Putting Step Seven into action means, for example, when you consciously gather the courage to say “no” to the request of a friend who tries to guilt or shame you into saying “yes,” you are actually working your program of recovery. When you set a boundary, pause when agitated, practice restraint of tongue and pen (this is a huge one for long-term peace), choosing not to interact with people, places and things that trigger you- you are working on Step Seven!

Getting Right-Sized: Step Seven Questions & Actions

Part of getting right-sized in Step Seven means making changes with the activity of our minds in addition to accepting and expressing our emotions. We learn to gradually bring the different parts of ourselves into a healthy balance as we practice new living skills. For some people a daily dose of prayer, meditation, and affirmations is very useful.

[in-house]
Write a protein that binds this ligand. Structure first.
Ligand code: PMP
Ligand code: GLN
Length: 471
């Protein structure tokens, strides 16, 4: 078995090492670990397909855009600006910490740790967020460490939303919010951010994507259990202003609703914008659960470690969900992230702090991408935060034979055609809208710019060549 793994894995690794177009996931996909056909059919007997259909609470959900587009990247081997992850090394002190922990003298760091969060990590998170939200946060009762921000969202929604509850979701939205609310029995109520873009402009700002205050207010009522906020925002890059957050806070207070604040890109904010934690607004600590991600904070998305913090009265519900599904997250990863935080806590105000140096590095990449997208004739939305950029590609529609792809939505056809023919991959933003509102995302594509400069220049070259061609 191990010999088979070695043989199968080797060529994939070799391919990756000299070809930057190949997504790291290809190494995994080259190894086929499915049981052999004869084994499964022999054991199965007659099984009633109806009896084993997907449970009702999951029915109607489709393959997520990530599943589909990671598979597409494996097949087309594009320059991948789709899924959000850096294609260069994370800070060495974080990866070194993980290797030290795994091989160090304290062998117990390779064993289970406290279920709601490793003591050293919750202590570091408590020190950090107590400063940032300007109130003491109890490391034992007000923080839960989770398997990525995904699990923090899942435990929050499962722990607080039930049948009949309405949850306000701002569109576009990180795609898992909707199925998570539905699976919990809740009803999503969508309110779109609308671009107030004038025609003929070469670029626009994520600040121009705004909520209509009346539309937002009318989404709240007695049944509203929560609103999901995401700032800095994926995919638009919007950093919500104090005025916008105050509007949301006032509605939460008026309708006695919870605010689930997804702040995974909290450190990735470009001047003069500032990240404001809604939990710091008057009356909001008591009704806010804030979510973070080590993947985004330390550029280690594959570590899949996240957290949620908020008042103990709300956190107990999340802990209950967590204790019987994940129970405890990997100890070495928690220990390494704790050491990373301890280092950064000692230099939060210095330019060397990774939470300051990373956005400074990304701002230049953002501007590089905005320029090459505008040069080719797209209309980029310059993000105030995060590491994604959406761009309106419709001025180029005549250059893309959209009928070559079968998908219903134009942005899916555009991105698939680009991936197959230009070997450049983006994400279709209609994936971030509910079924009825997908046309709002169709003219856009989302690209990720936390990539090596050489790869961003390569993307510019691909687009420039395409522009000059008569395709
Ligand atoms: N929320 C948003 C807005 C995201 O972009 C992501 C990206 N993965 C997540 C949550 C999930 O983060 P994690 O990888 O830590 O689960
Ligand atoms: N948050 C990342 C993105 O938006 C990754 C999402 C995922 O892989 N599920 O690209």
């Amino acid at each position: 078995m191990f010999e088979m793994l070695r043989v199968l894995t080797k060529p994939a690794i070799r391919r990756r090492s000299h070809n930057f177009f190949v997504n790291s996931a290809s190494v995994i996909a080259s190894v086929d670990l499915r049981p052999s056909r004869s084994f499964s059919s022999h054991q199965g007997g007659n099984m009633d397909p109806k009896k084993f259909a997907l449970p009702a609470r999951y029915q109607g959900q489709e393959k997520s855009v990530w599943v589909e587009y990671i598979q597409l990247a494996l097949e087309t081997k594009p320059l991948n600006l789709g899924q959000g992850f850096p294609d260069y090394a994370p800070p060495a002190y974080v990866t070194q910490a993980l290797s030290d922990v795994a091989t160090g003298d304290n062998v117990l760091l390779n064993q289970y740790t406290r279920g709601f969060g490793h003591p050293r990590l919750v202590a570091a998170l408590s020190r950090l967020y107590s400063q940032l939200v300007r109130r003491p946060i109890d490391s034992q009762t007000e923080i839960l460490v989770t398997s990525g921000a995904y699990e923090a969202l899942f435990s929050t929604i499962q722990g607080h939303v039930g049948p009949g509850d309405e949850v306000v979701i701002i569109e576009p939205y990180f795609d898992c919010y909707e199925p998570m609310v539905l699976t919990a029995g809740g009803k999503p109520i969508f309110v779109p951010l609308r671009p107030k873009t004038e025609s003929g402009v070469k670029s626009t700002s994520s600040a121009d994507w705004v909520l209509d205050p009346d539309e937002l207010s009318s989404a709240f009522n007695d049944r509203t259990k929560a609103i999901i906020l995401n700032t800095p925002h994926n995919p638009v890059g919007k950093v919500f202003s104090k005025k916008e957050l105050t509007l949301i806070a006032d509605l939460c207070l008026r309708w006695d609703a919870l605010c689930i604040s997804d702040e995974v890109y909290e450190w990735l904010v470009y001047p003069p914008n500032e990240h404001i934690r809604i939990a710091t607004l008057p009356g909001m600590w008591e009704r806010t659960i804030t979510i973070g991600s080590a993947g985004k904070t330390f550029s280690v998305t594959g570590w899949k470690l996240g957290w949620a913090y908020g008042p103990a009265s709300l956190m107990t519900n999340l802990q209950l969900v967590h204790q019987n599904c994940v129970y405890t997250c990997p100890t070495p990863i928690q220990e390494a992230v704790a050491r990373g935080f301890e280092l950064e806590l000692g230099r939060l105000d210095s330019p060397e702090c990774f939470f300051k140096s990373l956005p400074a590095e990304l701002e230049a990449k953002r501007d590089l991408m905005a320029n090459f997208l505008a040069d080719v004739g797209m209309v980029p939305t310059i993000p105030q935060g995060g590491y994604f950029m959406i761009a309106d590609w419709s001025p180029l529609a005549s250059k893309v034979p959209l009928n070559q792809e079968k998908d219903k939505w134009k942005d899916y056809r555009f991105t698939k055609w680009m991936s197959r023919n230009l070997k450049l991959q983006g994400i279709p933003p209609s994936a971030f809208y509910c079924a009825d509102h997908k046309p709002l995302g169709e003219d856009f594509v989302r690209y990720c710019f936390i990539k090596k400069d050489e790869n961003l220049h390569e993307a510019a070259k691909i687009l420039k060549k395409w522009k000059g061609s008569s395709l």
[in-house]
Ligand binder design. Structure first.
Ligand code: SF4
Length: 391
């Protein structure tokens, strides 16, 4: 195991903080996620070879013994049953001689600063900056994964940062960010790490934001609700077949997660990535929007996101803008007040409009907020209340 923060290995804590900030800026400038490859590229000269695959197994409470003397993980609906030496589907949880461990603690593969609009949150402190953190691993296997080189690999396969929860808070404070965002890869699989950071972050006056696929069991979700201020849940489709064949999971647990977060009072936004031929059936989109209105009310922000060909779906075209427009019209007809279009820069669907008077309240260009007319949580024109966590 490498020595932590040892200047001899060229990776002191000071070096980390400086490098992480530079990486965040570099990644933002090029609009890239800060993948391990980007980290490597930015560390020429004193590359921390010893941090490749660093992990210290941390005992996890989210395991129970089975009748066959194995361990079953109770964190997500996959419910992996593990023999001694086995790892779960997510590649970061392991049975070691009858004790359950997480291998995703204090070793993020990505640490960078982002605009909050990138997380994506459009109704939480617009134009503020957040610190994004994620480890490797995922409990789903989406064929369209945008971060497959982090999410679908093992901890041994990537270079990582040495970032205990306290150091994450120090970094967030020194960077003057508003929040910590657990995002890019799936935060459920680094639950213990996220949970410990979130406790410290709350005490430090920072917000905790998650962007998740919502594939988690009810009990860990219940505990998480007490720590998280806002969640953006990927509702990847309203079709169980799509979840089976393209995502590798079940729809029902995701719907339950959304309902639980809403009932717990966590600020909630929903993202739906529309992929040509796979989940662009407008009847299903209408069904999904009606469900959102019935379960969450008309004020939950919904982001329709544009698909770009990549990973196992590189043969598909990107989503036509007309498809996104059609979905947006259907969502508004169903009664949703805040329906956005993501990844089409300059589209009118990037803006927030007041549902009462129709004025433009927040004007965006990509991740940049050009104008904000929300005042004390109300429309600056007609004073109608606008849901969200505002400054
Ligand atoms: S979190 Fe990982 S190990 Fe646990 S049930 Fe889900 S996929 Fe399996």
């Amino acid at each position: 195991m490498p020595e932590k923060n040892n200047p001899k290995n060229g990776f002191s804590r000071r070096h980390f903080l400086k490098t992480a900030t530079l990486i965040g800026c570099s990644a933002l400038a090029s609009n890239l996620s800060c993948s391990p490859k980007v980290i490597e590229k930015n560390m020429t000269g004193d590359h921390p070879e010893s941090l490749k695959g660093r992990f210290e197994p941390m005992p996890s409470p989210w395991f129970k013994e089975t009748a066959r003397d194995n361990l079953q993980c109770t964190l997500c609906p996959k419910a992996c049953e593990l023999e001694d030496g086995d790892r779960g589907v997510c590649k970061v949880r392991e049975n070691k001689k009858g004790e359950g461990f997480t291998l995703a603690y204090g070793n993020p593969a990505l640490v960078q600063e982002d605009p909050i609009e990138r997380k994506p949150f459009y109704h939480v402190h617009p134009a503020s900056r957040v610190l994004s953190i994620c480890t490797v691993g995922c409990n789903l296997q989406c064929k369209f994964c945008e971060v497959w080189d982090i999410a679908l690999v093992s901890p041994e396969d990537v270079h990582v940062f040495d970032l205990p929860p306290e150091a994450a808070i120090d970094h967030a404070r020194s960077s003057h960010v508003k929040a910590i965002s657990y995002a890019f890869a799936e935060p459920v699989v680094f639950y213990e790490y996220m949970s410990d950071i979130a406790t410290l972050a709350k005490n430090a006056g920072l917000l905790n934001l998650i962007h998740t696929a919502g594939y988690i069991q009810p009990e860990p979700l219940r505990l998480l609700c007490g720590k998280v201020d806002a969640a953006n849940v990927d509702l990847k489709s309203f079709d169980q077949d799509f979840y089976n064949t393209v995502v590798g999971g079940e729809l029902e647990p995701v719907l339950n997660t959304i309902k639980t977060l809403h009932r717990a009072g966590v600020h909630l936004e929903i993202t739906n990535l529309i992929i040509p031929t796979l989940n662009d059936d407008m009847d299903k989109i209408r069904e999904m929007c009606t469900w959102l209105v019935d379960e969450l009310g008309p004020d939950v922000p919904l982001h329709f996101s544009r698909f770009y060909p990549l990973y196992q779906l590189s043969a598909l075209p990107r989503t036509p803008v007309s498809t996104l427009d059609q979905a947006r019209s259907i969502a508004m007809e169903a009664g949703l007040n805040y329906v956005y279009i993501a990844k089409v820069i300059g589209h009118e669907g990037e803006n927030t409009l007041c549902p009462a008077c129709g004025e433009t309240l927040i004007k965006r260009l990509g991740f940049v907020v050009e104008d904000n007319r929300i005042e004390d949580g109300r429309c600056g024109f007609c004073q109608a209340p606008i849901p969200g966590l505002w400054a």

Here are some questions to help guide you through Step Seven:

  • How has my understanding of my higher power grown?
  • How have the previous six steps prepared me for step seven?
  • How does being aware of my own humility help when working the seventh step?
  • How do I plan to ask a God of my understanding or higher power to remove my shortcomings?
  • How does the spiritual principle of “surrender” work for me in step seven?
  • Am I comfortable with prayer and meditation- even if it means making up my own?
  • Has my sense of perspective or “reality’ been out of proportion lately?
  • Have there been times when I have been able to stop from acting on a character defect and practice a spiritual principle instead?
  • Are there any shortcomings that have been removed from my life or at least diminished in their power over me?

You can also use affirmations. Here are some suggestions:

  • I accept all of me, the “good” and “bad.”
  • Today I will develop an asset and release one shortcoming.
  • I will remember that I have choices and freedom today.

The “Seventh Step Prayer” is a great way to right-size your day: